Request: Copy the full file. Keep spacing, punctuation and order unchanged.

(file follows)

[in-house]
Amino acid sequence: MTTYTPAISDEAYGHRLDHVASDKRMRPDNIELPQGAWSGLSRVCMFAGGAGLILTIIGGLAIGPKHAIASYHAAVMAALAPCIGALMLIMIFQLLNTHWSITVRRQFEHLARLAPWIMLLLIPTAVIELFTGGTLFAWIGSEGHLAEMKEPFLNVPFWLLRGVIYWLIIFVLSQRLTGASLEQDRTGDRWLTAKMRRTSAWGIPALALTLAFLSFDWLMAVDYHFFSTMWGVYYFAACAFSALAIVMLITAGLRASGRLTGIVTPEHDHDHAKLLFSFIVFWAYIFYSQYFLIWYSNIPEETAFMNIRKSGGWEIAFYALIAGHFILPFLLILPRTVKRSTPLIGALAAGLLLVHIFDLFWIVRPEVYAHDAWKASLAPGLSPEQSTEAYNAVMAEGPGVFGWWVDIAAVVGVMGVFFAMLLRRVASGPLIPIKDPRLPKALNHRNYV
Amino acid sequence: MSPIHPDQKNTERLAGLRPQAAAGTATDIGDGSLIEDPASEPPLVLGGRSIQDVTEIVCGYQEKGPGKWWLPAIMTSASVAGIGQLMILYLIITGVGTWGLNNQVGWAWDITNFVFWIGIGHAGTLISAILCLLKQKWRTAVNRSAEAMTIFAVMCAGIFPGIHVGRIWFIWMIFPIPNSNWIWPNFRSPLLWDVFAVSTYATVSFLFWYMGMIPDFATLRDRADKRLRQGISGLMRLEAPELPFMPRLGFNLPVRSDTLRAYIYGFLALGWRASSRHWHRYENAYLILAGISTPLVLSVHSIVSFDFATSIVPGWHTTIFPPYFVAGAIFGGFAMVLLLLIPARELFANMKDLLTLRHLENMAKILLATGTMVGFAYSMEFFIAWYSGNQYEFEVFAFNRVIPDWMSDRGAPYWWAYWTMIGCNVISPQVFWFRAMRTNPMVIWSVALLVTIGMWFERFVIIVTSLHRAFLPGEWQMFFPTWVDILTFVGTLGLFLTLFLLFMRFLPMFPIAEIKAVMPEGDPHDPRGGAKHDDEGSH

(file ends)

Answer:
[in-house]
Amino acid sequence: MTTYTPAISDEAYGHRLDHVASDKRMRPDNIELPQGAWSGLSRVCMFAGGAGLILTIIGGLAIGPKHAIASYHAAVMAALAPCIGALMLIMIFQLLNTHWSITVRRQFEHLARLAPWIMLLLIPTAVIELFTGGTLFAWIGSEGHLAEMKEPFLNVPFWLLRGVIYWLIIFVLSQRLTGASLEQDRTGDRWLTAKMRRTSAWGIPALALTLAFLSFDWLMAVDYHFFSTMWGVYYFAACAFSALAIVMLITAGLRASGRLTGIVTPEHDHDHAKLLFSFIVFWAYIFYSQYFLIWYSNIPEETAFMNIRKSGGWEIAFYALIAGHFILPFLLILPRTVKRSTPLIGALAAGLLLVHIFDLFWIVRPEVYAHDAWKASLAPGLSPEQSTEAYNAVMAEGPGVFGWWVDIAAVVGVMGVFFAMLLRRVASGPLIPIKDPRLPKALNHRNYV
Amino acid sequence: MSPIHPDQKNTERLAGLRPQAAAGTATDIGDGSLIEDPASEPPLVLGGRSIQDVTEIVCGYQEKGPGKWWLPAIMTSASVAGIGQLMILYLIITGVGTWGLNNQVGWAWDITNFVFWIGIGHAGTLISAILCLLKQKWRTAVNRSAEAMTIFAVMCAGIFPGIHVGRIWFIWMIFPIPNSNWIWPNFRSPLLWDVFAVSTYATVSFLFWYMGMIPDFATLRDRADKRLRQGISGLMRLEAPELPFMPRLGFNLPVRSDTLRAYIYGFLALGWRASSRHWHRYENAYLILAGISTPLVLSVHSIVSFDFATSIVPGWHTTIFPPYFVAGAIFGGFAMVLLLLIPARELFANMKDLLTLRHLENMAKILLATGTMVGFAYSMEFFIAWYSGNQYEFEVFAFNRVIPDWMSDRGAPYWWAYWTMIGCNVISPQVFWFRAMRTNPMVIWSVALLVTIGMWFERFVIIVTSLHRAFLPGEWQMFFPTWVDILTFVGTLGLFLTLFLLFMRFLPMFPIAEIKAVMPEGDPHDPRGGAKHDDEGSH